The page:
Dr. Stephen Young, a UCLA cardiologist and molecular geneticist who works on understanding mechanisms for human disease, has been elected to the National Academy of Sciences — one of the highest honors that can be bestowed on a scientist — in recognition of his “distinguished and continuing achievements in original research.”
The National Academy of Sciences announced today the election of 84 new members and 21 foreign associates from 14 countries.
Young, a distinguished professor of medicine and human genetics at the David Geffen School of Medicine at UCLA, focuses on two areas of research — plasma triglyceride metabolism and the role of nuclear envelope proteins in health and disease.
Along with UCLA colleagues, Dr. Loren Fong and Dr. Anne Beigneux, Young identified an endothelial cell protein, GPIHBP1, that is critical for the metabolism of triglycerides in the blood. GPIHBP1 binds a key enzyme within the interstitial spaces and shuttles it to the capillaries, where it digests triglycerides in the bloodstream. This process releases lipids that are stored in tissue and used for fuel in heart and skeletal muscles. A genetic deficiency of this protein in humans results in extremely high plasma triglyceride levels.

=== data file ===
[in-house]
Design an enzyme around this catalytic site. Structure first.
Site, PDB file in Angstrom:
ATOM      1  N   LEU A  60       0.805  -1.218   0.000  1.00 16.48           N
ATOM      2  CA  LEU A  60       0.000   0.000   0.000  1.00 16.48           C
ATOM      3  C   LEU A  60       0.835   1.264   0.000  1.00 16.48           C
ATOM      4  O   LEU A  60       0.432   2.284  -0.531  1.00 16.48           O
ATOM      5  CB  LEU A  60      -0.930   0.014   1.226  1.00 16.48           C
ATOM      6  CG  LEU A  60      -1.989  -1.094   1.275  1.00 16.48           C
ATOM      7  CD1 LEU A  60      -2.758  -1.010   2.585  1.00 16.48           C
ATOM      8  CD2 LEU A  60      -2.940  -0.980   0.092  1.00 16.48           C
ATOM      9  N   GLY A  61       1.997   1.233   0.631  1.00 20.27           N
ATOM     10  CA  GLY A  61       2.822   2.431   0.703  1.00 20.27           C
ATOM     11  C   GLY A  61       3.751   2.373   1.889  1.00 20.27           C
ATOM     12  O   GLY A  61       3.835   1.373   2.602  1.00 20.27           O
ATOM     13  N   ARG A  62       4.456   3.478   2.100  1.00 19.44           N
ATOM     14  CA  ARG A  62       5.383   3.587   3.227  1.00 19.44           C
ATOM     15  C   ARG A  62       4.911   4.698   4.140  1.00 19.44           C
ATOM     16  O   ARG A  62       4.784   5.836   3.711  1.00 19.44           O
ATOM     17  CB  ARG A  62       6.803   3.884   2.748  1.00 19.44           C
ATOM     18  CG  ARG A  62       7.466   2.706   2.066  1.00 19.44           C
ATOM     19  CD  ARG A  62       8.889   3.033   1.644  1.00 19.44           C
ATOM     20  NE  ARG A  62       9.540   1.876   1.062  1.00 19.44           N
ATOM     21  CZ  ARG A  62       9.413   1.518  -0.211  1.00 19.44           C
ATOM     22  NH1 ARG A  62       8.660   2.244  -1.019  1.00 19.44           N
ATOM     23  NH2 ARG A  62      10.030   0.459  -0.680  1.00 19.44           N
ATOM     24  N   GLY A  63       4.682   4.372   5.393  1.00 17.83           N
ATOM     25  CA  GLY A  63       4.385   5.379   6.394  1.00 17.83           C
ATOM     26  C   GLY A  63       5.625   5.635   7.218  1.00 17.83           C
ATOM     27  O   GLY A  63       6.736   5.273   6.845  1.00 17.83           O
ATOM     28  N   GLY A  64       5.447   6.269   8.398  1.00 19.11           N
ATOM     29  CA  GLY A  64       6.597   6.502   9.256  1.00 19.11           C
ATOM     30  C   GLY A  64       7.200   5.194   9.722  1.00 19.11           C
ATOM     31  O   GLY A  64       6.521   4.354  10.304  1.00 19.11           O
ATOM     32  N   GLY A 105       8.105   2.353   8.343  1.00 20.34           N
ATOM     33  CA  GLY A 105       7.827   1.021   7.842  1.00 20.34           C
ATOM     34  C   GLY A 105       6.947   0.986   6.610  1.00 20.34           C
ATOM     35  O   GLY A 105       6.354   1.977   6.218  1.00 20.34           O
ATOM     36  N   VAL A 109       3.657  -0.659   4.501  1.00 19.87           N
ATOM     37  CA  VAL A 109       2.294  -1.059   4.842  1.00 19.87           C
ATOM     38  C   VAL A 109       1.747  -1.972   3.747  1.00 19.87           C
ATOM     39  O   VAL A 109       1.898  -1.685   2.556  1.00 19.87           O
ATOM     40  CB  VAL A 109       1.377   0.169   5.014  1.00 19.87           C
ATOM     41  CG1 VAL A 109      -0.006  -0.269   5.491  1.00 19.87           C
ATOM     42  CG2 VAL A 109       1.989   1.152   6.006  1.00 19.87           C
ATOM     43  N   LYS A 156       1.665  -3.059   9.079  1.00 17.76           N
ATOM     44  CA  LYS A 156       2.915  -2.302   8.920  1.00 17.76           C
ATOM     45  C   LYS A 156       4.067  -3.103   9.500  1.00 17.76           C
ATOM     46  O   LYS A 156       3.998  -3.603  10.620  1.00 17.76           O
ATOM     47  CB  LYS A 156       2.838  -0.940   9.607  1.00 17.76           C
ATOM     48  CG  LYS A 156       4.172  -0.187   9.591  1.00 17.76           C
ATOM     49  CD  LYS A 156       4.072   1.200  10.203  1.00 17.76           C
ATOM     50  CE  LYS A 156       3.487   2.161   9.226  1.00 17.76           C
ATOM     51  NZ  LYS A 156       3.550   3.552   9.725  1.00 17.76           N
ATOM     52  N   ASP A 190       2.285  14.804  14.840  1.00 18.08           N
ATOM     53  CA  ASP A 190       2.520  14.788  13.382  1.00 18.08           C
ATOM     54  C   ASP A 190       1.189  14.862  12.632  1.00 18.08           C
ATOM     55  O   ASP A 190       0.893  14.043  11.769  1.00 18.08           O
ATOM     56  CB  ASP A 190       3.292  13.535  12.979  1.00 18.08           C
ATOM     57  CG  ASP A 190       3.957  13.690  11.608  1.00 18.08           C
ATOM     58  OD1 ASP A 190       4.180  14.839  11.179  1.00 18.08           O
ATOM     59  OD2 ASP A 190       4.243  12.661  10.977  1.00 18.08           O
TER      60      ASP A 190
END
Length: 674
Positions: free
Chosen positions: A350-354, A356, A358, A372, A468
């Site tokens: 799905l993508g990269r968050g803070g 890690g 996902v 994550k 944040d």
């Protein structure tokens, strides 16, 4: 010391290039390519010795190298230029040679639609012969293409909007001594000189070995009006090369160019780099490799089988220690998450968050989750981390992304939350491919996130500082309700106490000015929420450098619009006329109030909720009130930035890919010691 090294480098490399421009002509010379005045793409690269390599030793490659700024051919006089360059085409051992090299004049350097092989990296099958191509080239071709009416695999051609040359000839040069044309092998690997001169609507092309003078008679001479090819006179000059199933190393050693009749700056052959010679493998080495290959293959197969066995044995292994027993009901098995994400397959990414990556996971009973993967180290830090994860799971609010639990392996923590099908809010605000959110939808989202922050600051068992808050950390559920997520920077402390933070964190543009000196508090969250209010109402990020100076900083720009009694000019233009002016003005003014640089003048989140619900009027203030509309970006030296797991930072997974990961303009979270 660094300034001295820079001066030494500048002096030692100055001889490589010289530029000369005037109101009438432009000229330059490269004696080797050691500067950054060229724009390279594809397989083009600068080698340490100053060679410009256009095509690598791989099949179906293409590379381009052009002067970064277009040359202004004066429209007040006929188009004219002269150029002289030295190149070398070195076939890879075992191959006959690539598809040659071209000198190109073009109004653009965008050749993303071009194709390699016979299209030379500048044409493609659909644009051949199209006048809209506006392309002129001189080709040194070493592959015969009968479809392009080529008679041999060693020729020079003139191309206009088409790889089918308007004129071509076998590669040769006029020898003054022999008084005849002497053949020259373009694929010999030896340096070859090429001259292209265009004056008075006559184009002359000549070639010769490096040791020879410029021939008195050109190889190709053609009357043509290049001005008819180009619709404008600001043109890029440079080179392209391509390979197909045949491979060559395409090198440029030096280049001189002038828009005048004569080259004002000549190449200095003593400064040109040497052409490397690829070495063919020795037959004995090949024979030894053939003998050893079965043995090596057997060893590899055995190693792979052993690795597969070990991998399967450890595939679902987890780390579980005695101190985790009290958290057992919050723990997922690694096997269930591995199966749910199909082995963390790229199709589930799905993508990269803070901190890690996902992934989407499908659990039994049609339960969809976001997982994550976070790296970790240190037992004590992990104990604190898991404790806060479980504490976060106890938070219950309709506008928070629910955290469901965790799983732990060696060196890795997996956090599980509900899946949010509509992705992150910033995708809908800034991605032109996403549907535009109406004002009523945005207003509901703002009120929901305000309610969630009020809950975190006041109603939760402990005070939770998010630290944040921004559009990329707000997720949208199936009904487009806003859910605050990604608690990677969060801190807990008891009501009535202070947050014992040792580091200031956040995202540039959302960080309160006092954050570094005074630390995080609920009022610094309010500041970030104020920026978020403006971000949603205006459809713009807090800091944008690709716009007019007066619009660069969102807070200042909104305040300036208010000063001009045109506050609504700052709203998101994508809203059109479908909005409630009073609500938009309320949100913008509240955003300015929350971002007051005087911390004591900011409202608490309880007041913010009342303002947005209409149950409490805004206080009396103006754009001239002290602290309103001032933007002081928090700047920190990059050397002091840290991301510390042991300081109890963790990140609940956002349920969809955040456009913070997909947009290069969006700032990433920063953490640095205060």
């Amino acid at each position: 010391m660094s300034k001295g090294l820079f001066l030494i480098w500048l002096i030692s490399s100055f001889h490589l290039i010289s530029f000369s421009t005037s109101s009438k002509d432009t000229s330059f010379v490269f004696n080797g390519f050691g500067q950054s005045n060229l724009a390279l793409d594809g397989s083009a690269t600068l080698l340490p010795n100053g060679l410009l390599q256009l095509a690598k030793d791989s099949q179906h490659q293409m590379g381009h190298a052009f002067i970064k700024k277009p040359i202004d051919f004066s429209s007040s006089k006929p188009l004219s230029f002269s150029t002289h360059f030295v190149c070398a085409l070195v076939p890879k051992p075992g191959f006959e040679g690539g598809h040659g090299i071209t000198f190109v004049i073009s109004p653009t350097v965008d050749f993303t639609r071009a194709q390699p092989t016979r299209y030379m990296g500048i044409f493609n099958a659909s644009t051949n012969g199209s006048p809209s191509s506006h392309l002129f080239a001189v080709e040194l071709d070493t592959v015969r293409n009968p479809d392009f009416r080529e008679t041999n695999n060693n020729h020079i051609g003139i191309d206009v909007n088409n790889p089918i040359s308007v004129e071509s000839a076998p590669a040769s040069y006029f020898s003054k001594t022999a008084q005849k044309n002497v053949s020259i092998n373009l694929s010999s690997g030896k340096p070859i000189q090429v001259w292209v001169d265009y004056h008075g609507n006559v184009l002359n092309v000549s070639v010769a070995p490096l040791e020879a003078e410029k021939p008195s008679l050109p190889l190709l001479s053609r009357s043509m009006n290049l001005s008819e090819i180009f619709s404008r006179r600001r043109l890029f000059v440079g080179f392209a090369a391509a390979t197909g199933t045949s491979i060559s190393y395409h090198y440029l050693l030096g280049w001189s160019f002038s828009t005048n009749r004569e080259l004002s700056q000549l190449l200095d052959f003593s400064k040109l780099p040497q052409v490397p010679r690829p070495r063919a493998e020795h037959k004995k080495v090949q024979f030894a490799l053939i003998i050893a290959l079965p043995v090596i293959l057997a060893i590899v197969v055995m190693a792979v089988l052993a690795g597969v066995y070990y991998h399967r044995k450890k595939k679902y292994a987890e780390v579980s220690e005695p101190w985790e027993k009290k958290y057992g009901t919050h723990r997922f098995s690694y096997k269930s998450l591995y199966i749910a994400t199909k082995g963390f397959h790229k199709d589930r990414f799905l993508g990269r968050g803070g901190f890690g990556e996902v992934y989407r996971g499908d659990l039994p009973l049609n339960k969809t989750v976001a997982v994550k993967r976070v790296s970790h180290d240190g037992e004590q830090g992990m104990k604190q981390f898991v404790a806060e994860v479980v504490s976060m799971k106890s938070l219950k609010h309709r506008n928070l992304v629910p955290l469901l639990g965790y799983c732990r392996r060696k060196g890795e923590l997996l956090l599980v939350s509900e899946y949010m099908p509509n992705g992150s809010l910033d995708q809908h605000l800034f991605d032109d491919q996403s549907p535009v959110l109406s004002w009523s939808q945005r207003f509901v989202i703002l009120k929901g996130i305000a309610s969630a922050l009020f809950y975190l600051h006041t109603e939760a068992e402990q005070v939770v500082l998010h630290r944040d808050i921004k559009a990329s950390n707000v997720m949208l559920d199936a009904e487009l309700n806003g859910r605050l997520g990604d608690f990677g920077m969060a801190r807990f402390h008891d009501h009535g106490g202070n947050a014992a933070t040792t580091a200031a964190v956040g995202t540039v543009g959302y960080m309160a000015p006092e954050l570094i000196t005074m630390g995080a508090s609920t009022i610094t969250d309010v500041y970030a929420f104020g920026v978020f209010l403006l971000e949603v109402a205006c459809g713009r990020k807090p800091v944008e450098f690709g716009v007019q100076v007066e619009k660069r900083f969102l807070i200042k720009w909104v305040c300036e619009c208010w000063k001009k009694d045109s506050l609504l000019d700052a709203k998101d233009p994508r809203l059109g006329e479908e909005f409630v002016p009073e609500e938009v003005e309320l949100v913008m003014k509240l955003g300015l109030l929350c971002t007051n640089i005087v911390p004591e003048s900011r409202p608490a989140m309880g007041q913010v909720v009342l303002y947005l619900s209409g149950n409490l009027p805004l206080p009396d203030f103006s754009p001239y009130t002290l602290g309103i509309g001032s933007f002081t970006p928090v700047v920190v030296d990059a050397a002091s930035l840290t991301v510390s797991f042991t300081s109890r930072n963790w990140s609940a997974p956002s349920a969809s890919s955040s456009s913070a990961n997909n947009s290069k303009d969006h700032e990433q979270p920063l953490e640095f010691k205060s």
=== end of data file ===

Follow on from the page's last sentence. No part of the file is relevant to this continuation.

Young, along with Fong, is also a leader in neuroscience research at UCLA. Together with their coworkers, they discovered that lamin B1 and lamin B2 (proteins that provide a structural scaffolding for the cell nucleus) are critical for the migration of neurons in the developing brain.
Young grew up in Topeka, Kansas. He obtained an undergraduate degree in history from Princeton University and went to medical school at Washington University School of Medicine in St. Louis. Young’s wife, Dr. Lorraine Young, is also a professor of medicine at UCLA and is co-chief of the UCLA clinical dermatology program.
The National Academy of Sciences has 2,291 active members and 465 foreign associates dedicated to the furtherance of science and its use for the general welfare.
The challenge is accepting submissions through May 1, 2019